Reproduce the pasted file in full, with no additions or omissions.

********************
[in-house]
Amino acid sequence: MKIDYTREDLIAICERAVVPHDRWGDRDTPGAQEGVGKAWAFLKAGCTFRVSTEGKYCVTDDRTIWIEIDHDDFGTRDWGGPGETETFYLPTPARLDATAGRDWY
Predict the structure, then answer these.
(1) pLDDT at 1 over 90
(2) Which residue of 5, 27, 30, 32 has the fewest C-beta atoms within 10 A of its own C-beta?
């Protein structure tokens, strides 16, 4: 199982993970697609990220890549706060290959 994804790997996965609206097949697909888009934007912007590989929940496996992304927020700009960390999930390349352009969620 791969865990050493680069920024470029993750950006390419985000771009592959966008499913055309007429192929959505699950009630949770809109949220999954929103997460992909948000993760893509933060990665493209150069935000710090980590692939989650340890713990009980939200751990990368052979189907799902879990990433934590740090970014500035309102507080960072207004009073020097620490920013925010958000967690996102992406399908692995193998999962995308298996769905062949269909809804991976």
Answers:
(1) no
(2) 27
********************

[in-house]
Amino acid sequence: MKIDYTREDLIAICERAVVPHDRWGDRDTPGAQEGVGKAWAFLKAGCTFRVSTEGKYCVTDDRTIWIEIDHDDFGTRDWGGPGETETFYLPTPARLDATAGRDWY
Predict the structure, then answer these.
(1) pLDDT at 1 over 90
(2) Which residue of 5, 27, 30, 32 has the fewest C-beta atoms within 10 A of its own C-beta?
């Protein structure tokens, strides 16, 4: 199982993970697609990220890549706060290959 994804790997996965609206097949697909888009934007912007590989929940496996992304927020700009960390999930390349352009969620 791969865990050493680069920024470029993750950006390419985000771009592959966008499913055309007429192929959505699950009630949770809109949220999954929103997460992909948000993760893509933060990665493209150069935000710090980590692939989650340890713990009980939200751990990368052979189907799902879990990433934590740090970014500035309102507080960072207004009073020097620490920013925010958000967690996102992406399908692995193998999962995308298996769905062949269909809804991976």
Answers:
(1) no
(2) 27